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Comment too sensitive (Score 1) 374

We got way too sensitive. If we don't nip this thing in the bud quickly, the next thing you know, people on the street will be smiling at you for no reason and asking "how are you", like they do in America. And the next thing you know, there will be large men wearing heels, carrying tampons in their purses, like they do in America...

Comment Re:Get a life (Score 1) 131

Spamming is a technical problem with a technical solution. On a personal level, I feel deeply suspicious of people who take it upon themselves to act in what they assume might as well be my best interests. There are laws controlling spam and there are law enforcement agencies (God knows the US has no shortage of those). Silverstein should find a new hobby, like suing his neighbors for not trimming their lawns on time or failing to scoop dog shit.

Comment no time (Score 1) 705

Obviously, the "no reboot" dude operates in a generously staffed environment, allowing him plenty of time to dick around with stale NFS mountpoints and memory leaks. Most of us don't have the luxury of time.

Comment Re:FBI (Score 1) 221

Err...they didn't look the other way. They were willing to do whatever it takes to rescue Goldman Sachs too.

If they didn't rescue Goldman Sachs, who would have given Facebook the billion dollars? Thanks to the prompt response by the Federal government, I may finally get a working Facebook app for my iPhone. So think before you talk!

Comment Re:Welcome to 1994... (Score 1) 179

So, security-wise, how is this LED transceiver different from a regular WiFi access point? You know they both use EM waves. Just different frequencies. It should be more secure because it is more directional and short-range. And you can always close the curtains if you need privacy. And there is no interference from a hundred other WiFi systems in your office building.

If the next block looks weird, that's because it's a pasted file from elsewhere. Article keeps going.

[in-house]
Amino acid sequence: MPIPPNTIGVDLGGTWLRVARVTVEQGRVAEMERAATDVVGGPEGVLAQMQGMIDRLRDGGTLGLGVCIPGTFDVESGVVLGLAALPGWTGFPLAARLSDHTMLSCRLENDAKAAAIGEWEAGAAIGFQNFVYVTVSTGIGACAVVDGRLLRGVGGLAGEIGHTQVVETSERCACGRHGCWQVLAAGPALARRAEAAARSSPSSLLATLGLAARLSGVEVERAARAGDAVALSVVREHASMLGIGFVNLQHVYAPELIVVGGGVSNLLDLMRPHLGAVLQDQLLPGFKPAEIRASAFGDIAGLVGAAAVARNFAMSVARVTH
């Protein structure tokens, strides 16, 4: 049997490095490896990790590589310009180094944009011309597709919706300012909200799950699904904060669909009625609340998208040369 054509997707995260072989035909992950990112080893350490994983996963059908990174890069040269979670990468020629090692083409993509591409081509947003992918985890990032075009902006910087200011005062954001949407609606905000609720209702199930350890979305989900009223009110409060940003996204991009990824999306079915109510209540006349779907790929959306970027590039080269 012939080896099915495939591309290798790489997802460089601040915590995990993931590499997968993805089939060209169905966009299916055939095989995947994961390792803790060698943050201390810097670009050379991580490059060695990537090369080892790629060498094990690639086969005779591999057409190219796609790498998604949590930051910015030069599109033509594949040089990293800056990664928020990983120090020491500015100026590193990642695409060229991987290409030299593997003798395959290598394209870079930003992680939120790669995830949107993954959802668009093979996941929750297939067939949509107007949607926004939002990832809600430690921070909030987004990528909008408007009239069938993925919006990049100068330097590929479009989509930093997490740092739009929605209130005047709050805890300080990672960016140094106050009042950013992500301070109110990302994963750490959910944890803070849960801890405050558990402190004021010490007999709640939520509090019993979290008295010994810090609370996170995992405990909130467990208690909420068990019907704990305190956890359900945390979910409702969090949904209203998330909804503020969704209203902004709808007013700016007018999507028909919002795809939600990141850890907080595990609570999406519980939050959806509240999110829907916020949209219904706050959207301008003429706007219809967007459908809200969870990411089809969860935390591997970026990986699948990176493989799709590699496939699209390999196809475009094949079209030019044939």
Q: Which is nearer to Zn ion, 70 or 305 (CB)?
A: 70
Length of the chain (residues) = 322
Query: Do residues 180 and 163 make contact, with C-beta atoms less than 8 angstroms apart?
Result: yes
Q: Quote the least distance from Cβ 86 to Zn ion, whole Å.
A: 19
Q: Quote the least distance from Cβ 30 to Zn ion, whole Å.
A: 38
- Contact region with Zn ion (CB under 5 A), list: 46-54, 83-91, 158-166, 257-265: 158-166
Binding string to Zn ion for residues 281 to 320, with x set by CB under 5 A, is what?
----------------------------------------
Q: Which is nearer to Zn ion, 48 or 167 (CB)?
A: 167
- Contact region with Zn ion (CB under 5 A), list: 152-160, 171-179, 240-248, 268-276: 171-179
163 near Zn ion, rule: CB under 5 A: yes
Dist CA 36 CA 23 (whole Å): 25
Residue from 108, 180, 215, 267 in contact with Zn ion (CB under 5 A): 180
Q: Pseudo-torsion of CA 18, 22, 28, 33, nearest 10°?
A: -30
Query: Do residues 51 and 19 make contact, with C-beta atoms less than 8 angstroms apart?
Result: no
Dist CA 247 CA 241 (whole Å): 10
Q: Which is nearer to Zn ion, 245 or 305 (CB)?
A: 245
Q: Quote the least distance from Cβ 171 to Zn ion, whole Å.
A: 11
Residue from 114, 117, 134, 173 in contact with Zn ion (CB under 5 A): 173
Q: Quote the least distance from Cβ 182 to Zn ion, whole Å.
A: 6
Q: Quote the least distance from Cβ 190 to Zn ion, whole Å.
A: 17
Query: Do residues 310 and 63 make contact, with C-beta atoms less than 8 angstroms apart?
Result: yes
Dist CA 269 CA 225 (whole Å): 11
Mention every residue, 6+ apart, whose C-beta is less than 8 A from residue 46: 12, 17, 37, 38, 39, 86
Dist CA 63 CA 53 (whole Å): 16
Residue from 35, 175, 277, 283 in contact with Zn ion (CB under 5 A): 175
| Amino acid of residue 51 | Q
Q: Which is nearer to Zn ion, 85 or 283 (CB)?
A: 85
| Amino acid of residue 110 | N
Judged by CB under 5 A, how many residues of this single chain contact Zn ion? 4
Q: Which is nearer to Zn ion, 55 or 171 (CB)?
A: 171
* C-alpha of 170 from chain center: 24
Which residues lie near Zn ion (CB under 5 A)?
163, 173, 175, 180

Comment What's an oregon? (Score 2) 235

Really, who cares how they spell things in Oregon? Personally, I find all this talk about improving our education system quite unpatriotic. How would the US survive if its population became well-educated? Who would fight wars? Who would overpay taxes? Who would bother to vote? Who would watch TV, do Christmas shopping, eat fast food, or shop at Walmart? Oregon can't sustain our entire economy, you know. We all need to pitch in. Good education is a privilege, not a right.

Comment Re:Common sense says... (Score 1) 417

I happen to have something put up to block your view into my bedroom... are you familiar with the concept of curtains or blinds?

So you are advocating doing away with windows as a concept?

Would I be upset if you used some sort of technology (i.e. the night vision) to help you see more than a reasonable person would expect someone to see?

And what would a reasonable person expect to see in a photo of your bedroom or backyard online?

Comment Re:Common sense says... (Score 1) 417

There's quite a difference between going out of your way to photograph something, or semi-randomly from the middle of a public road.

You mean it is OK to photograph everything, but not OK to photograph something? And what do you mean by "going out of my way"? I just happen to have a night vision camera, so it's no trouble at all.

Comment Re:Common sense says... (Score 0) 417

with no attempt made to shield said location from the public view

Let's say your girlfriend's naked ass showering in your bathroom is visible to my naked eye from a public place (at the end of your driveway, where I parked my cherry picker). I just happen to have brought a pair of Celestron SkyMaster zoom binoculars for no particular reason. Perhaps I am an amateur asstronomer.

Comment Re:Common sense says... (Score 1) 417

Common sense says taking a picture from a publically accessable location is fair game.

You'd be surprised how much of your private life can be glimpsed from a public place. Would you get upset if I used a telephoto lens with night vision to film you shagging in your bedroom and posted it online along with your address? Naturally, I would only be filming you from a publicly accessible location. Or will you now expand your "common sense" point of view to include a limitation on equipment and intent?

Comment Re:Makes the rest of us suffer... (Score 1) 347

By "good" sysadmin I don't mean a doormat. Sysadmins are also people, but not all managers treat them as such. Sometimes they confuse "servers" with "servants". So, yes, it is entirely conceivable that even a mistreated good sysadmin, upon departure, may want to enhance his former employer's systems even more. This is why no employer should ever fire his last good sysadmin. Otherwise there will be nobody left to appreciate all this hard work.

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